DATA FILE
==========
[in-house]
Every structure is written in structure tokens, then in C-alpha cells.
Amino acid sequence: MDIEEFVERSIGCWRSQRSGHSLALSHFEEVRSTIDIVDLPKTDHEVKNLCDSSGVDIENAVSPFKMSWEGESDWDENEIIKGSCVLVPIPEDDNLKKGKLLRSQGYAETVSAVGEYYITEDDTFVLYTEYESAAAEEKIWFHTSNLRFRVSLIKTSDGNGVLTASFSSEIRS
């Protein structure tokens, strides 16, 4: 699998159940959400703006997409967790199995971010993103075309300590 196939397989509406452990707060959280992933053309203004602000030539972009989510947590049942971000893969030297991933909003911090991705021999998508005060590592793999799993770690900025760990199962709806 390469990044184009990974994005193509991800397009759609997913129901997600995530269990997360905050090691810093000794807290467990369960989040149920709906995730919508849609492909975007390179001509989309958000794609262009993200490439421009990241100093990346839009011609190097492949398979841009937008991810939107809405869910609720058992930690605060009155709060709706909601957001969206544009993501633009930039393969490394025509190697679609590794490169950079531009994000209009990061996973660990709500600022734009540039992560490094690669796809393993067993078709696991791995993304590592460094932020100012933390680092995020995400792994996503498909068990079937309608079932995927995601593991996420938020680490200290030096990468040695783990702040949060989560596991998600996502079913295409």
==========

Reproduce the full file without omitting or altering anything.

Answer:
[in-house]
Every structure is written in structure tokens, then in C-alpha cells.
Amino acid sequence: MDIEEFVERSIGCWRSQRSGHSLALSHFEEVRSTIDIVDLPKTDHEVKNLCDSSGVDIENAVSPFKMSWEGESDWDENEIIKGSCVLVPIPEDDNLKKGKLLRSQGYAETVSAVGEYYITEDDTFVLYTEYESAAAEEKIWFHTSNLRFRVSLIKTSDGNGVLTASFSSEIRS
């Protein structure tokens, strides 16, 4: 699998159940959400703006997409967790199995971010993103075309300590 196939397989509406452990707060959280992933053309203004602000030539972009989510947590049942971000893969030297991933909003911090991705021999998508005060590592793999799993770690900025760990199962709806 390469990044184009990974994005193509991800397009759609997913129901997600995530269990997360905050090691810093000794807290467990369960989040149920709906995730919508849609492909975007390179001509989309958000794609262009993200490439421009990241100093990346839009011609190097492949398979841009937008991810939107809405869910609720058992930690605060009155709060709706909601957001969206544009993501633009930039393969490394025509190697679609590794490169950079531009994000209009990061996973660990709500600022734009540039992560490094690669796809393993067993078709696991791995993304590592460094932020100012933390680092995020995400792994996503498909068990079937309608079932995927995601593991996420938020680490200290030096990468040695783990702040949060989560596991998600996502079913295409």